“The Occasionalist Theory of Causation in Early Modern Britain: From Agent-Causation to Mere Regularities”
Date: Friday 10 February, 2017
Abstract: Malebranche’s influence on the British philosophy was significant both when one considers how the intellectual landscape appeared to the philosophers and to the learned audience of the time and also from the point of view of the contemporary understanding of the development of British philosophy during the early modern period. A clear sign of his influence on his contemporaries and successors on the other side of channel, besides the enormous popularity of the now widely forgotten John Norris, the English popularizer of Malebranche, is the fact that Research was translated into English twice in the late 17th century almost simultaneously, by Richard Sault and by Thomas Taylor. This might seem surprising if we are to believe the standard textbook version of occasionalism, namely that God is the only genuine causally active agent in the world and all instances within the sensible world which appear to us to be instances of genuine causation – be it body-body, mind-body, on mental causation – are merely occasions for God to exhibit his causal powers in the world: why would such a wildly implausible theory appear tempting to anyone, no matter how long ago they lived?
I will try to show, first, that the occasionalist theory of causation, as it was formulated by Malebranche, makes much more sense when we understand it in it’s own philosophical and scientific context. First, occasionalism was an attempt to interpret Descartes’ philosophical thought on causation and laws of nature, something that was perceived to be the most important and promising systematic presentation of the new scientific understanding of the world in terms of mechanisms. Second occasionalism aimed to provide an alternative theory of causation against the scholastic analysis of causation in terms of powers, an analysis which despite being heavily criticized, even ridiculed, in the early modern period, still provided a formidable attempt to explain causation. The seriousness of this attempt was, so I shall argue, recognized clearly by early modern British authors, most importantly by Locke and Berkeley, and shaped their own thinking on causation in a certain direction.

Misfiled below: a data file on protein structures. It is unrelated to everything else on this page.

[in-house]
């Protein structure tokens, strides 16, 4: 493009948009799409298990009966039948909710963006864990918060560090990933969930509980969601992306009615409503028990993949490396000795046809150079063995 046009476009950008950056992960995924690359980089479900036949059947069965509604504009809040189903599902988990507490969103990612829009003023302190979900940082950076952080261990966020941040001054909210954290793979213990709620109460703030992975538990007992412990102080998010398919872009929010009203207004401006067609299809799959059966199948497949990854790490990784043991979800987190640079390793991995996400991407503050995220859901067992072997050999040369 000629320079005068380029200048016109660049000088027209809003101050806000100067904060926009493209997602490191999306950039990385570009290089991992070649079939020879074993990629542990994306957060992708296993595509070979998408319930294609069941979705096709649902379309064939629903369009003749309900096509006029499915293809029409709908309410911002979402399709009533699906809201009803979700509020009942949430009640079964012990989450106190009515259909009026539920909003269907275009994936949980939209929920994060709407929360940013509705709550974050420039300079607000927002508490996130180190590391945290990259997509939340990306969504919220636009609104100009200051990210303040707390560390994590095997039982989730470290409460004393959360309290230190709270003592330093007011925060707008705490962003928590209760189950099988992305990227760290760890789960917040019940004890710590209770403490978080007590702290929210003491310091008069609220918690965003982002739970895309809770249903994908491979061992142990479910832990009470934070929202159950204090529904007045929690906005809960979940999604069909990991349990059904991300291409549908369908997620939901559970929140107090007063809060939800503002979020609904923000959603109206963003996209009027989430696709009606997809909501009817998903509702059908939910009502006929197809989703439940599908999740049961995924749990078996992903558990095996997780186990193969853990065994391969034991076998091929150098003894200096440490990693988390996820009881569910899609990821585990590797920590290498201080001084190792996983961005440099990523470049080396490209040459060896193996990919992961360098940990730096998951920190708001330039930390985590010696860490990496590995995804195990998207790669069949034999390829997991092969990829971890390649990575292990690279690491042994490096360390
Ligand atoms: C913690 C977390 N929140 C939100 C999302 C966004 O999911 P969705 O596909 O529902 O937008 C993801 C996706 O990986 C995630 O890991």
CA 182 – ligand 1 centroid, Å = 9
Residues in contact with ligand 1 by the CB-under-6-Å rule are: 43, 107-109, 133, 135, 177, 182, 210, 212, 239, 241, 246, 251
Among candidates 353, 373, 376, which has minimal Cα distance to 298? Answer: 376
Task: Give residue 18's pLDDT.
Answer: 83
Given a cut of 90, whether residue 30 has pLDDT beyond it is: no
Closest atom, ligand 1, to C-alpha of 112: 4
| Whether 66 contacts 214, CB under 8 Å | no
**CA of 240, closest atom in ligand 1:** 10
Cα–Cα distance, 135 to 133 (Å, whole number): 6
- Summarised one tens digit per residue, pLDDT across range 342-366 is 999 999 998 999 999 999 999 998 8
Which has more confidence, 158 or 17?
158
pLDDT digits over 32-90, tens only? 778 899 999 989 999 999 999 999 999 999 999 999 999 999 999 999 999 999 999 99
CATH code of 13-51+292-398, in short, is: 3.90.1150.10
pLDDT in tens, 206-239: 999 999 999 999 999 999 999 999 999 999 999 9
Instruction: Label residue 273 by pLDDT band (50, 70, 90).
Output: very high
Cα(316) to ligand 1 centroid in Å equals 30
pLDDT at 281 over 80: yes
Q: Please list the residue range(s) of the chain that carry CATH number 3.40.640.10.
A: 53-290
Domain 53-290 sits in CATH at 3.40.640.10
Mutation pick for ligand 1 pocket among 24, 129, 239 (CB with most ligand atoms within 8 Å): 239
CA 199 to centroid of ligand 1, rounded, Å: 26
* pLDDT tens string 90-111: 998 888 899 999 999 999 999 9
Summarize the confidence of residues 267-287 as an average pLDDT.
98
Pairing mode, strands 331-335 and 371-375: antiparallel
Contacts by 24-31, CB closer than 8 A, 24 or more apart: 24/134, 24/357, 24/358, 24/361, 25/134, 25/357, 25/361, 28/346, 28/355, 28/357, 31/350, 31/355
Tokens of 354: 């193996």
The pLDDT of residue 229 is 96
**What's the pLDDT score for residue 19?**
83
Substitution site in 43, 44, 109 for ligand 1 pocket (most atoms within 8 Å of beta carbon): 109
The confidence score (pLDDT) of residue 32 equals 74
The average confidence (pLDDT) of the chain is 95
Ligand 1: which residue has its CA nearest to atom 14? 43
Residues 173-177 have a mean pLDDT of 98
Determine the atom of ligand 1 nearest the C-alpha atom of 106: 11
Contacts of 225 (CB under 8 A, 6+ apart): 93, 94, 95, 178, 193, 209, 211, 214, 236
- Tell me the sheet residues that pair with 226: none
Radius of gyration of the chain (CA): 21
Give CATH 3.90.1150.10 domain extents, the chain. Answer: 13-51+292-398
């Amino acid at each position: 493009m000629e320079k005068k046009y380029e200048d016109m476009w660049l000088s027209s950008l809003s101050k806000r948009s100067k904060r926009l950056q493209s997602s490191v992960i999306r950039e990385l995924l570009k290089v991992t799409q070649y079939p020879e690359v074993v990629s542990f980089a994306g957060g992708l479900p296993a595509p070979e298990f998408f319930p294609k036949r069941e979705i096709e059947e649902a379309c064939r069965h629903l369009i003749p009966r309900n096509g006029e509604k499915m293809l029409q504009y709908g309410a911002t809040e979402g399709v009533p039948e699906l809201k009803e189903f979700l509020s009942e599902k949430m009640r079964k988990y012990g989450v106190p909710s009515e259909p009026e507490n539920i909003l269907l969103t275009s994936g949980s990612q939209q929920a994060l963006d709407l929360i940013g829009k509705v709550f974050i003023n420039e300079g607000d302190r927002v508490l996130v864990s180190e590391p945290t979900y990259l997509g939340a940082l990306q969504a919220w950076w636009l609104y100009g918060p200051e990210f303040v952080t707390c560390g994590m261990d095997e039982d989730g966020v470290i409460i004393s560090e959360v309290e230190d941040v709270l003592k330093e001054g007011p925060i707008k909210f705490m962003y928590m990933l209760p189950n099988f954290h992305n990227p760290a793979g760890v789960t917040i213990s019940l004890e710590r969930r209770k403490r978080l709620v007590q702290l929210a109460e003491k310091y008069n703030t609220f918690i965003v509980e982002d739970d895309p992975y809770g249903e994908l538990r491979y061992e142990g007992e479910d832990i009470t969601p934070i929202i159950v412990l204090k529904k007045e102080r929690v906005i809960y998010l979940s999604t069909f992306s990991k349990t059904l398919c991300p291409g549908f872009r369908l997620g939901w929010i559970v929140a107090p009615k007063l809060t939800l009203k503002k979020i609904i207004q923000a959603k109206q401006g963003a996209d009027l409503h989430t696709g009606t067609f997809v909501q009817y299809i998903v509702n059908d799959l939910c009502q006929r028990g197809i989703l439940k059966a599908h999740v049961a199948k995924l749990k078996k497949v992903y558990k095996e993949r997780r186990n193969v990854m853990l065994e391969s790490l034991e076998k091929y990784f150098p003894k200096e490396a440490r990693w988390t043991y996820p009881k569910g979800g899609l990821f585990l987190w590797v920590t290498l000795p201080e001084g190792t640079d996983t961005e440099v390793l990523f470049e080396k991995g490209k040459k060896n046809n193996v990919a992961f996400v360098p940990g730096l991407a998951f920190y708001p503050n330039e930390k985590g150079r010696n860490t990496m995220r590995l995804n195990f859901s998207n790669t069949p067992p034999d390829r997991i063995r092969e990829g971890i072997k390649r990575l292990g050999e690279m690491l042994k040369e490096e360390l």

The influence that some of Malebranche’s negative arguments against the existence and even the possibility of real causal powers (or the knowability of real causal powers, depending on one’s favorite Hume-interpretation) had on Hume is well known and documented, but it is not equally well understood how the occasionalist theory of causation shaped the views that Hume was arguing against, most notably Locke’s and Berkeley’s. I hope to make this more apparent by showing how Malebranche’s arguments for the occasionalist theory of causation had a strong influence on British thought, leading both Locke and Berkeley to take agent causation as the paradigm case of causation, and how this new emphasis on agent causation in turn influenced Hume and helps to explain who in fact were the targets of his famous “no-necessary connections” argument. This story about the influence of the occasionalist theory of causation in early modern Britain will, I hope, be not merely of interest from a history of ideas point of view. If correct, it will help us to understand that a certain theory of causation, which is nowadays often regarded as the standard theory, namely the Humean regularity theory, is in fact an articulation of a reaction against a wide array of alternative theories, some of which possess at least as much prima facie plausibility as the Humean theory, if not more.
Personal identity – under what conditions do we persist over time? – is among the perennial questions of metaphysics. In recent years, the question of personal identity gave place to the closely related question of personal ontology: what kinds of things are we most fundamentally? The question of personal identity has often been discussed in tandem with philosophical investigations into the nature of the self: is there a thing we refer to when we say ‘I’? Is the persistence of our selves tied to personal identity? By contrast, the relation between the question of personal ontology and the self has largely been neglected. This conference will explore various issues at the intersection of personal identity, personal ontology, and the topology of the self.
February 4-5, 2017
Department of Philosophy,Bilkent University
David Kovacs, Rina Tzinman (Bilkent).